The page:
Saturday, August 19, 2017

Today -100: August 19, 1917: No, thank you

Austria responds to China’s declaration of war by saying no. I didn’t know you could just do that. The Austrian ambassador informs China that the declaration was illegal and unconstitutional, because it should have been passed by both houses of Parliament.

Finland’s Diet refuses to accept being dissolved by the Russian government.

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Friday, August 18, 2017

Today -100: August 18, 1917: Of generals, spies, more spies, and beer

The Senate Military Affairs Committee holds up two of the many new generals appointed by Pres. Wilson. They think Col. Carl Reichmann, who’s been in the army 35 years, is pro-German.

Mata Hari is sentenced to death as a spy by a French court-martial.

The government claims to have thwarted a German plot to infiltrate thousands of Germans into the US Army.

Hoover’s Food Administration denies stories that it plans to reduce the alcohol content of beer to 2%.

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Thursday, August 17, 2017

Today -100: August 17, 1917: Of race riots and u-boats

Some of the 105 people indicted by the grand jury for the East St. Louis race riots are arrested. 82 of the indictees are white, including 5 policemen and a former candidate for sheriff, and 23 black.

Lloyd George says German u-boats are now sinking way fewer ships and Britain is building a lot more ships, so it won’t be starved out.

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Wednesday, August 16, 2017

Today -100: August 16, 1917: If ever there was a holy war...

The IWW threatens to call a general strike in Montana, Washington, Oregon and Idaho unless its demands are met: the release of IWW prisoners, no discrimination against IWWers or interference with IWW activities, a 10-hour day for harvest workers and better sanitary conditions.

Sen. Majority Whip J. Hamilton Lewis (D-Illinois) introduces a resolution for Congress to shut up about peace terms and leave it solely with Pres. Wilson to decide when it’s time to issue them. Sounds a bit like the Gag Rule of the 1830s, when Congress banned itself from receiving anti-slavery petitions.

Former Czar Nicholas and his family are removed from the palace they’ve been held prisoner in and sent to an unknown destination, presumably (and actually) Tobolsk in Siberia, the birthplace of Rasputin. He’s still got 50 servants.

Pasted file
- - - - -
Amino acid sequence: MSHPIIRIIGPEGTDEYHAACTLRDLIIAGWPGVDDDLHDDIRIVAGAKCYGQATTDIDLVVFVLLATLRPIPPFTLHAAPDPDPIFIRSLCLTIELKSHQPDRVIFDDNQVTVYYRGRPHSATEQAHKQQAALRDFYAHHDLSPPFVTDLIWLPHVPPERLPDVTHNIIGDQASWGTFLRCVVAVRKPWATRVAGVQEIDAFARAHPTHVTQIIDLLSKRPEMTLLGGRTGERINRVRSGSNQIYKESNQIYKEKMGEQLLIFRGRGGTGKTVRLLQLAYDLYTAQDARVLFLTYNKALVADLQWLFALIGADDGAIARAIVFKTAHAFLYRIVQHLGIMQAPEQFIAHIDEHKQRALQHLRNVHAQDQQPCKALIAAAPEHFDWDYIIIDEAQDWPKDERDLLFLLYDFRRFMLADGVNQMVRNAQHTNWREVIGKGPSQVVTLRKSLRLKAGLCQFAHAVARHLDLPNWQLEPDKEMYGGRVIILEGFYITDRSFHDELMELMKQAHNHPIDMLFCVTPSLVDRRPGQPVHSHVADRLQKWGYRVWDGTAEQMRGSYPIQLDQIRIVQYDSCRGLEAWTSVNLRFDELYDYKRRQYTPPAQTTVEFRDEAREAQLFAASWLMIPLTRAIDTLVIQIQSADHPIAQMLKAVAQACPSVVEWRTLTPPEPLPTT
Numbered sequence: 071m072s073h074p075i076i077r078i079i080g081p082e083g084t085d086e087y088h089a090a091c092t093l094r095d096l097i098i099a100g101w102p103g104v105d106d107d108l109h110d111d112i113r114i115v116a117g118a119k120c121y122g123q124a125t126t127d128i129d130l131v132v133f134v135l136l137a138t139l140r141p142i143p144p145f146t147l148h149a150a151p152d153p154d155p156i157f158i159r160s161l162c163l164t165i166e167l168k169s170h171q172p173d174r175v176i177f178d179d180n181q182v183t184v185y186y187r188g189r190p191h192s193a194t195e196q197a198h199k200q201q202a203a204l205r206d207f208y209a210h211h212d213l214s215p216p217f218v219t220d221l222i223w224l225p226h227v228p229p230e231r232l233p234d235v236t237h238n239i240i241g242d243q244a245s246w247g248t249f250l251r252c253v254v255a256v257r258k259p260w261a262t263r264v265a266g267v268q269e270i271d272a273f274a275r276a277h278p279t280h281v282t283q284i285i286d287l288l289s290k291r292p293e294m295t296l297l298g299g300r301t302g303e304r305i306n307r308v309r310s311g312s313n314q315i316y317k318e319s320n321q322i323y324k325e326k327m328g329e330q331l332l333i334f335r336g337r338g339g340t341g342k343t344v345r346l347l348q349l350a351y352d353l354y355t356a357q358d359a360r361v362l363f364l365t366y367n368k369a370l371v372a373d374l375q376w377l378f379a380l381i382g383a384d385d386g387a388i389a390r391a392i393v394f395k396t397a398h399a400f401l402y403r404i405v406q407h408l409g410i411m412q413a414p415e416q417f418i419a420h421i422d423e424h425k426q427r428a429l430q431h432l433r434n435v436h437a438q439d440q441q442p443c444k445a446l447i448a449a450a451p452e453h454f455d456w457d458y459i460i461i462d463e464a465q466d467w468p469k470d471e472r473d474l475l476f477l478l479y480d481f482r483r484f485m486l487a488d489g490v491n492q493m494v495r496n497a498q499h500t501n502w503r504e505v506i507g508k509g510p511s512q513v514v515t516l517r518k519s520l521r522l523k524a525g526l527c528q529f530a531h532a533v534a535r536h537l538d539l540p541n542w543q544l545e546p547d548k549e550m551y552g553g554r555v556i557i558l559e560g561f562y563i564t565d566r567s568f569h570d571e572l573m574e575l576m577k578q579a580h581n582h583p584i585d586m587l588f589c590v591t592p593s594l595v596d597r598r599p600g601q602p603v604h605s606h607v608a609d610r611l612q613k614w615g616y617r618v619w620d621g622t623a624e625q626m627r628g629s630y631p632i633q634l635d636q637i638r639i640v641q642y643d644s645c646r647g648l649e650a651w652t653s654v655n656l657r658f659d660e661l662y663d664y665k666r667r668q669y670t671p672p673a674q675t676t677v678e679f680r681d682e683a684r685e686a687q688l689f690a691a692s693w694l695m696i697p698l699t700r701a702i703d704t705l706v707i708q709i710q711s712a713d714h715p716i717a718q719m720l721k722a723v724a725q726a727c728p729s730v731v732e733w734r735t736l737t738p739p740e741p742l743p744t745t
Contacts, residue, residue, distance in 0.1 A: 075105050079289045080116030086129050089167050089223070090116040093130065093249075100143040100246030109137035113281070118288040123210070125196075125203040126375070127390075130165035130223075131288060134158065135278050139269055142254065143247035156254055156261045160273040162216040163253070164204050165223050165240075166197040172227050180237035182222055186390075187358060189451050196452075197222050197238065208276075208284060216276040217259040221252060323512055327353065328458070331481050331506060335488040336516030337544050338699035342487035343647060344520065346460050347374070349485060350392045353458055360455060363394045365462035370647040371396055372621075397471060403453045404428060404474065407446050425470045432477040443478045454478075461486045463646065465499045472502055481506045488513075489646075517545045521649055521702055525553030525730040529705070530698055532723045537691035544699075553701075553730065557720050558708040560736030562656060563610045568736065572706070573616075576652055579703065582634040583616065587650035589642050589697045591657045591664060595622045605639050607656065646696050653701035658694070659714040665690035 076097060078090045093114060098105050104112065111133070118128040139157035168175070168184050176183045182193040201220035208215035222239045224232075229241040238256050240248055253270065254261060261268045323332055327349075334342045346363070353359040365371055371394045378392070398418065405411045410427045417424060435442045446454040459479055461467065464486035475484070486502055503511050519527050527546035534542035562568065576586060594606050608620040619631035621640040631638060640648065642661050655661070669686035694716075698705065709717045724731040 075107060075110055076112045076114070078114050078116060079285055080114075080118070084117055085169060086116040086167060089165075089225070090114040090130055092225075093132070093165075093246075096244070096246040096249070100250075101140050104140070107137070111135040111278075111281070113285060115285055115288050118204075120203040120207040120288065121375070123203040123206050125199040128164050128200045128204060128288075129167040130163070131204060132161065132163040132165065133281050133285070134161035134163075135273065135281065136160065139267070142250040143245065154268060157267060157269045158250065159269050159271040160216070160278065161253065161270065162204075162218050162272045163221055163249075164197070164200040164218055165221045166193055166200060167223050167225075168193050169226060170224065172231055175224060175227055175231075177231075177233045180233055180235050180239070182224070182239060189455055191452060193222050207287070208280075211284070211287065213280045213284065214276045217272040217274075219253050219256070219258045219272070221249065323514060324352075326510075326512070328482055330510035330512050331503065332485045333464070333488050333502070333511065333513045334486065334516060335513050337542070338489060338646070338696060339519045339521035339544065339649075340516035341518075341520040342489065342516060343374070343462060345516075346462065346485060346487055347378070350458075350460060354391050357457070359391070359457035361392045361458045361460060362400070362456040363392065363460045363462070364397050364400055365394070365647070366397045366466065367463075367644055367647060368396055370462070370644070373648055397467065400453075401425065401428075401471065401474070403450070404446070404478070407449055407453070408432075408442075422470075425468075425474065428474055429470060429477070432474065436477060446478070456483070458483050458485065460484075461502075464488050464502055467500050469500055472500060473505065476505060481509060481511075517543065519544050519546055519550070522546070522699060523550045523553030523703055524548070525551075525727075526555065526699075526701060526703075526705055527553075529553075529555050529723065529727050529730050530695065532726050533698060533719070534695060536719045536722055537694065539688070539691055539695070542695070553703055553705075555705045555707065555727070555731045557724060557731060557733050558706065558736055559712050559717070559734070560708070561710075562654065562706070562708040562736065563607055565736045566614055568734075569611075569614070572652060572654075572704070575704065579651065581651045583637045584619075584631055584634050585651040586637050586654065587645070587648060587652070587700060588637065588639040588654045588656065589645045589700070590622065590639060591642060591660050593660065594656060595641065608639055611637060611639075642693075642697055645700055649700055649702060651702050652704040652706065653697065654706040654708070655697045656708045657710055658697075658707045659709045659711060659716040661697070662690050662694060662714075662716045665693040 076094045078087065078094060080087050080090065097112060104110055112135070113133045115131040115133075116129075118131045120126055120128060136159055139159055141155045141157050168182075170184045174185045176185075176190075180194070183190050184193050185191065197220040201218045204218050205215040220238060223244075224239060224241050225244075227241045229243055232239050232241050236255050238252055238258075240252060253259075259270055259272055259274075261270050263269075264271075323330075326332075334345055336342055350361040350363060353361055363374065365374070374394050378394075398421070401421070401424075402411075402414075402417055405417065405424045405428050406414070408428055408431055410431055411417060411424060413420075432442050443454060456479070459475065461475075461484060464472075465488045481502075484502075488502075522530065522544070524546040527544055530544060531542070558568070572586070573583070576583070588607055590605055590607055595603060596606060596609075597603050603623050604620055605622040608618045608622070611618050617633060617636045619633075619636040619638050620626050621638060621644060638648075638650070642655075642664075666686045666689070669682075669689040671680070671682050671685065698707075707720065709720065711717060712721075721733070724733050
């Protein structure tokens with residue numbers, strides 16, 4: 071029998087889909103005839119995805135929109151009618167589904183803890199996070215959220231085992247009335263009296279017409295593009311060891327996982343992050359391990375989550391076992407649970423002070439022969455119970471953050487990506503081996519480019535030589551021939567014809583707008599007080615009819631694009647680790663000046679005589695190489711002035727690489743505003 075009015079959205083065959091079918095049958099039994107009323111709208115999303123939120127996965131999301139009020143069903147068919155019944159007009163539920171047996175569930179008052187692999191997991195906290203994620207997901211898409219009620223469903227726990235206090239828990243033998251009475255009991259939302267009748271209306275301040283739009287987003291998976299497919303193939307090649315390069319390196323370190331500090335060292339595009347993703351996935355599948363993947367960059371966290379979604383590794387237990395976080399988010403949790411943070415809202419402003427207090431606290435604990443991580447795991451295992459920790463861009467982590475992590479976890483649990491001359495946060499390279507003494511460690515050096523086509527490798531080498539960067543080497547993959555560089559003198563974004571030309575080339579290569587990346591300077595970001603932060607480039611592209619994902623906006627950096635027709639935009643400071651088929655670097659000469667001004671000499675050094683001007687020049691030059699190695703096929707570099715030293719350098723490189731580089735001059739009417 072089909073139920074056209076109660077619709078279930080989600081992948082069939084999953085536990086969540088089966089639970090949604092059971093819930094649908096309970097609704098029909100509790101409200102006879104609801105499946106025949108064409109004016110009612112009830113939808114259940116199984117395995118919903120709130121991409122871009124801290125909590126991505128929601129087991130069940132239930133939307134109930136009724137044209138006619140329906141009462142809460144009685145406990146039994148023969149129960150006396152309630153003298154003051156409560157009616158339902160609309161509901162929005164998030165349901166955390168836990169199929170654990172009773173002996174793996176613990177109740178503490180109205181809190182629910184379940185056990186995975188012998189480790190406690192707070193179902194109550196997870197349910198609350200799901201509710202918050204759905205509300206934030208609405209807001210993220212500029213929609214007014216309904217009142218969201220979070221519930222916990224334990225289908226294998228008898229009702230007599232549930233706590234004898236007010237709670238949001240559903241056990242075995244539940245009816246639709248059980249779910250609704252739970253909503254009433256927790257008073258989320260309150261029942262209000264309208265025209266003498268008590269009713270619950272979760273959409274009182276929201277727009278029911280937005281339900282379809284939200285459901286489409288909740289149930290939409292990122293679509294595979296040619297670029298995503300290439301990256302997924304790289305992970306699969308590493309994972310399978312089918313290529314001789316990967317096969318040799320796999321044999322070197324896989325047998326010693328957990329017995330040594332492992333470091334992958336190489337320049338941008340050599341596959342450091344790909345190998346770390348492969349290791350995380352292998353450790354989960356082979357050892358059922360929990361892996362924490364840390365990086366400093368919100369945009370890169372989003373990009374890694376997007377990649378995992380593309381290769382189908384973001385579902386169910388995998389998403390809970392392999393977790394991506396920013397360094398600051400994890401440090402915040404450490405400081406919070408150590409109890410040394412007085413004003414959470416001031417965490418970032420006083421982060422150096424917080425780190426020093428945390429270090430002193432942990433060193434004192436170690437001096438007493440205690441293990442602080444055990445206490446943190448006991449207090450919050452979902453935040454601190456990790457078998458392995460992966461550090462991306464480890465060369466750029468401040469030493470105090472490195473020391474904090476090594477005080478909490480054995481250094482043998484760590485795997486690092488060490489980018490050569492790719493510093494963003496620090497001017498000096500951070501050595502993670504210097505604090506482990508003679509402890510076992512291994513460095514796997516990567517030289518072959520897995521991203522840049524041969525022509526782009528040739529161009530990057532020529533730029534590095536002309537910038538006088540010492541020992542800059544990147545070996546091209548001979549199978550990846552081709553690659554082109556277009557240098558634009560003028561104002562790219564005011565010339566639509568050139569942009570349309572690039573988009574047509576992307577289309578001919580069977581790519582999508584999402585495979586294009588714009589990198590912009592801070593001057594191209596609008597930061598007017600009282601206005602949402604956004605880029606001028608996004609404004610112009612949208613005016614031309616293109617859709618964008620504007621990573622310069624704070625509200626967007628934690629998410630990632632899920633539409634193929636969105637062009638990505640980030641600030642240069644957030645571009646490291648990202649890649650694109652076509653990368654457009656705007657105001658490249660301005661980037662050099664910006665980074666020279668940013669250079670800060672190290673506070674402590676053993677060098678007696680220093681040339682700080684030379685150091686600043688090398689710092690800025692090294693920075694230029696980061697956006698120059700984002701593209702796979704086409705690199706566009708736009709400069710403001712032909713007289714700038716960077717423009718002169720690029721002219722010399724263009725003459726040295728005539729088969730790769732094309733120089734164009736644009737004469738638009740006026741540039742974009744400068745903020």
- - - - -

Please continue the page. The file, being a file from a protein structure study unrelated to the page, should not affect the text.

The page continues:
Henry Ford, who financed the fiasco that was the Peace Ship, is no longer opposed to the war. He now favors “crushing militarism” by, um, military means. In unrelated news, Ford is now making airplane cylinders for the military.

Elihu Root, former US senator, former secretary of war, and former secretary of state, back from his trip to Russia, says that Americans who oppose the war should be shot at sunrise. Did I mention he has a Nobel Peace Prize?

The American Defense Society, consulting with the NYPD & the US District Attorney’s office, will work to stamp out street speeches it considers unpatriotic. Pres. Wilson will be asked to define treason (they’re hoping his definition will include simple speech acts), Mayor John Purroy Mitchel will be asked to require licenses for street meetings, and a Vigilantes committee will be formed. Theodore Roosevelt tells the Society that anyone who says treasonable things should be arrested, and at the Harvard Club he says “If ever there was a holy war, it is this war.” He rejects Wilson’s notion that we are fighting the German government and not the German people, until such time as the German people separate themselves from their government.

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Tuesday, August 15, 2017

Today -100: August 15, 1917: #Sammies

China declares war on Germany and Austria.

Pope Benedict issues a peace proposal: no annexations or indemnities; Belgium, Serbia, and Romania to have their sovereignty restored; Germany gets its colonies back; no economic retaliation after the war; a court to arbitrate future disputes; “negotiations” to deal with Alsace-Lorraine, Poland, Balkans, Armenia etc. (the Vatican really wants independence for Catholic countries).

Suffragist picketers at the White House are again attacked. As usual, Navy sailors are prominent.

Headline of the Day -100: 

A grand jury indicts 105 people for the East St. Louis race riots. The grand jury reports that the riots were planned and that the “indolent public officials” knew and did nothing.

The Puerto Rican Insular Legislature passes resolutions for independence. (And a referendum for independence passed in June, 2017, so the history of Puerto Rico’s wishes being ignored is a long, proud one).

Attempts to call US soldiers “Sammies” are being resisted by the Sammies.

A new, long-delayed issue of the trench newspaper The Wipers Times (currently going by The B.E.F. Times, is out:

Late News from the Ration Dump.

    The Germans are short of shells.